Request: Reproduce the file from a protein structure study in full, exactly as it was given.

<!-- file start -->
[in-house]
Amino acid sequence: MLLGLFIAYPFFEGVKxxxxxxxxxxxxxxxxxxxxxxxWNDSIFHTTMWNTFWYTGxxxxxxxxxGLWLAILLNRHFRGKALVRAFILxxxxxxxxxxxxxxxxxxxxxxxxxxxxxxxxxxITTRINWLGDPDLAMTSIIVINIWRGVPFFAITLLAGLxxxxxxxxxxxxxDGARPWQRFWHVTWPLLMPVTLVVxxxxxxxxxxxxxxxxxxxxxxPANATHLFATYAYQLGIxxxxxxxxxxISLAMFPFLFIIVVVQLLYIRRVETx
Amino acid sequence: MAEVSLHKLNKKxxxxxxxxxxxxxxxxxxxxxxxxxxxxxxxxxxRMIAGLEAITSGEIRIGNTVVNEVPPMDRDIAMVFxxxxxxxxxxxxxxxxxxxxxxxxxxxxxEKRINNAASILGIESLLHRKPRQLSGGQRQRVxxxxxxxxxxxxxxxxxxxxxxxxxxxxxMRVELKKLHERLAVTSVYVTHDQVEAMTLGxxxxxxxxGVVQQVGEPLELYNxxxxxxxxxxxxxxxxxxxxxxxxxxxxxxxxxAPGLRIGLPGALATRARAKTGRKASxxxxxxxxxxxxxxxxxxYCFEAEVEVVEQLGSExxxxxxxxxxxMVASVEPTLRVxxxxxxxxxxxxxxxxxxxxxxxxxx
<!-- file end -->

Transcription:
[in-house]
Amino acid sequence: MLLGLFIAYPFFEGVKxxxxxxxxxxxxxxxxxxxxxxxWNDSIFHTTMWNTFWYTGxxxxxxxxxGLWLAILLNRHFRGKALVRAFILxxxxxxxxxxxxxxxxxxxxxxxxxxxxxxxxxxITTRINWLGDPDLAMTSIIVINIWRGVPFFAITLLAGLxxxxxxxxxxxxxDGARPWQRFWHVTWPLLMPVTLVVxxxxxxxxxxxxxxxxxxxxxxPANATHLFATYAYQLGIxxxxxxxxxxISLAMFPFLFIIVVVQLLYIRRVETx
Amino acid sequence: MAEVSLHKLNKKxxxxxxxxxxxxxxxxxxxxxxxxxxxxxxxxxxRMIAGLEAITSGEIRIGNTVVNEVPPMDRDIAMVFxxxxxxxxxxxxxxxxxxxxxxxxxxxxxEKRINNAASILGIESLLHRKPRQLSGGQRQRVxxxxxxxxxxxxxxxxxxxxxxxxxxxxxMRVELKKLHERLAVTSVYVTHDQVEAMTLGxxxxxxxxGVVQQVGEPLELYNxxxxxxxxxxxxxxxxxxxxxxxxxxxxxxxxxAPGLRIGLPGALATRARAKTGRKASxxxxxxxxxxxxxxxxxxYCFEAEVEVVEQLGSExxxxxxxxxxxMVASVEPTLRVxxxxxxxxxxxxxxxxxxxxxxxxxx